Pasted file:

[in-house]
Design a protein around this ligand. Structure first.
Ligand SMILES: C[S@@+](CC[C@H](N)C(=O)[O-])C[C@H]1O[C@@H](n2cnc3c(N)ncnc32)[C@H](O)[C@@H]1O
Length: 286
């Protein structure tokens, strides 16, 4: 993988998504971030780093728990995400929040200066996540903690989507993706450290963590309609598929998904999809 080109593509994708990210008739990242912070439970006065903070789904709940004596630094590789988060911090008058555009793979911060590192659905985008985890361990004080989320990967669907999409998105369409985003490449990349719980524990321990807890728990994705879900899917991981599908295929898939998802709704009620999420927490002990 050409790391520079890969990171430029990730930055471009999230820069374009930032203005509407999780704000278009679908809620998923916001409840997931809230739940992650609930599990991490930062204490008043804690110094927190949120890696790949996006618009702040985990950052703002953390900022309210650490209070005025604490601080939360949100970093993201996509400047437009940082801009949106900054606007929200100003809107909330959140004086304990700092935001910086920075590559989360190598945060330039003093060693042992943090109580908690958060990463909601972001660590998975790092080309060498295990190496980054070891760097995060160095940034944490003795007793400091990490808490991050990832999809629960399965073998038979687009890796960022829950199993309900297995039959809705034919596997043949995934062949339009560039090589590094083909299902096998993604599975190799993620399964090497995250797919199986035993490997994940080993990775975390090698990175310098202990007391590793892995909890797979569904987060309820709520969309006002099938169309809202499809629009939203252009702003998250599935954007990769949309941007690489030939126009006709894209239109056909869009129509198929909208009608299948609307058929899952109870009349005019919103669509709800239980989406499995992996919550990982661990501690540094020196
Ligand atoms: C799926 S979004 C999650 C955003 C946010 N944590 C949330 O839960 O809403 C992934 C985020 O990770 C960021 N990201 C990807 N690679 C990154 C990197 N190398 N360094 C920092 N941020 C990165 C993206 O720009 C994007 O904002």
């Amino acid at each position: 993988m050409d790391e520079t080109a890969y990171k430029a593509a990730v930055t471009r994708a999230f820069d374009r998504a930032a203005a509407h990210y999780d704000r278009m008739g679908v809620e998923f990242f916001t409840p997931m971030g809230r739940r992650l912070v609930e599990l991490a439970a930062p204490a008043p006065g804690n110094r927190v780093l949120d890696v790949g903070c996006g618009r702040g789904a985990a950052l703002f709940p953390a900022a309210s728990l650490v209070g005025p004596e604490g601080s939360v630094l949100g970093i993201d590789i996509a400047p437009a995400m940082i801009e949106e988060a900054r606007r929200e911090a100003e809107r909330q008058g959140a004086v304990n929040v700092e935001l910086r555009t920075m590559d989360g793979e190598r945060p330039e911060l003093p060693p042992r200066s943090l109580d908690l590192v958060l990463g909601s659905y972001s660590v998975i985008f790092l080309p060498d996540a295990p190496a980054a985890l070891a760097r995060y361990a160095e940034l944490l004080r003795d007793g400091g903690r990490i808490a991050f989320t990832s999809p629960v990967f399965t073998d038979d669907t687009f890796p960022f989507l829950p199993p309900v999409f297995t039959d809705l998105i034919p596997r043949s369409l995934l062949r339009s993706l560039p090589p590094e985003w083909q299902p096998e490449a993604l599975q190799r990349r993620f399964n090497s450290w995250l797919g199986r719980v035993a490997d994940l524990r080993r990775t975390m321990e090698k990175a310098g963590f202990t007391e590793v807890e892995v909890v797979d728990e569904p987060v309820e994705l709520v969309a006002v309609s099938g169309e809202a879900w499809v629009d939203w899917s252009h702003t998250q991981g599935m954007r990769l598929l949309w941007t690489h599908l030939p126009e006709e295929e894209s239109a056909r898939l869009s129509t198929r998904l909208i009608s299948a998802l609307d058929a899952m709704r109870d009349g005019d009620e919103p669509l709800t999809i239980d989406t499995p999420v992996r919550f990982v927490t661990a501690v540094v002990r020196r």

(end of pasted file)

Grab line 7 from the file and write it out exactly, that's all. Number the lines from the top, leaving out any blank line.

């Amino acid at each position: 993988m050409d790391e520079t080109a890969y990171k430029a593509a990730v930055t471009r994708a999230f820069d374009r998504a930032a203005a509407h990210y999780d704000r278009m008739g679908v809620e998923f990242f916001t409840p997931m971030g809230r739940r992650l912070v609930e599990l991490a439970a930062p204490a008043p006065g804690n110094r927190v780093l949120d890696v790949g903070c996006g618009r702040g789904a985990a950052l703002f709940p953390a900022a309210s728990l650490v209070g005025p004596e604490g601080s939360v630094l949100g970093i993201d590789i996509a400047p437009a995400m940082i801009e949106e988060a900054r606007r929200e911090a100003e809107r909330q008058g959140a004086v304990n929040v700092e935001l910086r555009t920075m590559d989360g793979e190598r945060p330039e911060l003093p060693p042992r200066s943090l109580d908690l590192v958060l990463g909601s659905y972001s660590v998975i985008f790092l080309p060498d996540a295990p190496a980054a985890l070891a760097r995060y361990a160095e940034l944490l004080r003795d007793g400091g903690r990490i808490a991050f989320t990832s999809p629960v990967f399965t073998d038979d669907t687009f890796p960022f989507l829950p199993p309900v999409f297995t039959d809705l998105i034919p596997r043949s369409l995934l062949r339009s993706l560039p090589p590094e985003w083909q299902p096998e490449a993604l599975q190799r990349r993620f399964n090497s450290w995250l797919g199986r719980v035993a490997d994940l524990r080993r990775t975390m321990e090698k990175a310098g963590f202990t007391e590793v807890e892995v909890v797979d728990e569904p987060v309820e994705l709520v969309a006002v309609s099938g169309e809202a879900w499809v629009d939203w899917s252009h702003t998250q991981g599935m954007r990769l598929l949309w941007t690489h599908l030939p126009e006709e295929e894209s239109a056909r898939l869009s129509t198929r998904l909208i009608s299948a998802l609307d058929a899952m709704r109870d009349g005019d009620e919103p669509l709800t999809i239980d989406t499995p999420v992996r919550f990982v927490t661990a501690v540094v002990r020196r």